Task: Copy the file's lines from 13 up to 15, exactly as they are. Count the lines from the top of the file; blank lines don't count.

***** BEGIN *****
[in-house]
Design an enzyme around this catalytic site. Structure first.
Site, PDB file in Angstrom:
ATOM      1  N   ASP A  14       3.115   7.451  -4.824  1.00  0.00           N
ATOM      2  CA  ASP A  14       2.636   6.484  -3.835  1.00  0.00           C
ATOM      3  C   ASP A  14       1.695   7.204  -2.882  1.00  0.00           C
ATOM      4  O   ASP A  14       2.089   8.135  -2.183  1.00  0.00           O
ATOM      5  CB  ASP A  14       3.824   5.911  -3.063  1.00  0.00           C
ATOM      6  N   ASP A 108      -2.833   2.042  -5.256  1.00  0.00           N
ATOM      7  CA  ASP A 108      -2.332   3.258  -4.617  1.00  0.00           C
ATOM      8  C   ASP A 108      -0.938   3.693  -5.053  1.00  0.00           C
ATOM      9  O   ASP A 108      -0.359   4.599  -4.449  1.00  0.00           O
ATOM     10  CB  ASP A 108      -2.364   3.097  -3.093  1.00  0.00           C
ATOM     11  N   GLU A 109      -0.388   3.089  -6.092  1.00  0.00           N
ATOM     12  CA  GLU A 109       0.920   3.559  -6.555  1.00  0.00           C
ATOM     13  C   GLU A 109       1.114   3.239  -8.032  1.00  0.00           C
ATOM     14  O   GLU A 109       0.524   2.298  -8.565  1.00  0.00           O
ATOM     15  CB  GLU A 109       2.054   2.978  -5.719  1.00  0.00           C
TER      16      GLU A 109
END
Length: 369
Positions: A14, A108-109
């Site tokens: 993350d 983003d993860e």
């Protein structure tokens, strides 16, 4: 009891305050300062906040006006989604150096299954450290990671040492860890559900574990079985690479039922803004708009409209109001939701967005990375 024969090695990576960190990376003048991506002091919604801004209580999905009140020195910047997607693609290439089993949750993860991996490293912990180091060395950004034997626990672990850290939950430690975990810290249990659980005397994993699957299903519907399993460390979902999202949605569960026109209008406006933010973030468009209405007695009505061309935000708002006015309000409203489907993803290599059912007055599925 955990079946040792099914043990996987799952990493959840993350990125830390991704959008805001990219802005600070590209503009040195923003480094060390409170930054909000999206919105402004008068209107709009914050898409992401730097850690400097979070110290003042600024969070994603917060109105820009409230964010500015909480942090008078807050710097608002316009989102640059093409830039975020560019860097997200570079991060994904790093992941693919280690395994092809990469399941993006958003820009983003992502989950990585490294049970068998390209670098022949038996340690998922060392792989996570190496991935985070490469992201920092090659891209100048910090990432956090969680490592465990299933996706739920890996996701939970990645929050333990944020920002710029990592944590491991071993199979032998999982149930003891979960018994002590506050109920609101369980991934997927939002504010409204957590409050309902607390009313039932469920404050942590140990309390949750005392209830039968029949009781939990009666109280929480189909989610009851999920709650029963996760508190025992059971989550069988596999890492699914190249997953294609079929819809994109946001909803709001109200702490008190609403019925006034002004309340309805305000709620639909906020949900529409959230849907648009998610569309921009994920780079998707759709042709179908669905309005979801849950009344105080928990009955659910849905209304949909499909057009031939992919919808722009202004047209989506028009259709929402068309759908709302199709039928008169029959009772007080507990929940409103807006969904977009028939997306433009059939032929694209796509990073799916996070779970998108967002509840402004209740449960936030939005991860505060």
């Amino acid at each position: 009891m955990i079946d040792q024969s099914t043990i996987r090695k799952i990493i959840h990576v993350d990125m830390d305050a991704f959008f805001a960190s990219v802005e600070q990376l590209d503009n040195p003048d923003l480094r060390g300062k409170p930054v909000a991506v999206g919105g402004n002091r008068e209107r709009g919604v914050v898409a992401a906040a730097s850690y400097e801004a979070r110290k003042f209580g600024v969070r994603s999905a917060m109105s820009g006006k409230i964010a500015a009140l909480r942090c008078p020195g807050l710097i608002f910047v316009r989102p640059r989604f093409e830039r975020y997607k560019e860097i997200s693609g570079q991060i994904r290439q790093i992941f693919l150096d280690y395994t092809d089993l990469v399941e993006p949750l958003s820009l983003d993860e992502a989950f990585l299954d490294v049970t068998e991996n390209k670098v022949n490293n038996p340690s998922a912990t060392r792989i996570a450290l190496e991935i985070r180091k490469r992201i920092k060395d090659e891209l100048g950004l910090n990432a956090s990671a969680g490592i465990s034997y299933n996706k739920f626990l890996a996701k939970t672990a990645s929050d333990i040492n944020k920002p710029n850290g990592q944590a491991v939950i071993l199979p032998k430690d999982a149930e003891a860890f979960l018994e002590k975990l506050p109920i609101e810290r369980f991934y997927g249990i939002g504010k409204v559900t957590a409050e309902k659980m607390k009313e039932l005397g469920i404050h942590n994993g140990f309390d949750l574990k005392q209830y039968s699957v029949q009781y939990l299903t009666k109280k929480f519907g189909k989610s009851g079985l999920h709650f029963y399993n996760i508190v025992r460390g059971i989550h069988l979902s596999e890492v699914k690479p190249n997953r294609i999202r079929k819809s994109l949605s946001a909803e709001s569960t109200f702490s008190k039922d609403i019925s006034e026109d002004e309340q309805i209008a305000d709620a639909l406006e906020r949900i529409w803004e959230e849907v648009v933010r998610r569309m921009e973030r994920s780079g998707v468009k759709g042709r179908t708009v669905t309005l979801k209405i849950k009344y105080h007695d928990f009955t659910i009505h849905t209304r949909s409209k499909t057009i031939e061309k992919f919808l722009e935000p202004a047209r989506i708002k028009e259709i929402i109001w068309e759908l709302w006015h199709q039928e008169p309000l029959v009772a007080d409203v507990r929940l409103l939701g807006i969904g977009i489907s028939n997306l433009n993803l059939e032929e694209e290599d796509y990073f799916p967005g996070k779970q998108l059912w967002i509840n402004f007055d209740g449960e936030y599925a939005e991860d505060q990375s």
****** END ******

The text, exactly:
ATOM     10  CB  ASP A 108      -2.364   3.097  -3.093  1.00  0.00           C
ATOM     11  N   GLU A 109      -0.388   3.089  -6.092  1.00  0.00           N
ATOM     12  CA  GLU A 109       0.920   3.559  -6.555  1.00  0.00           C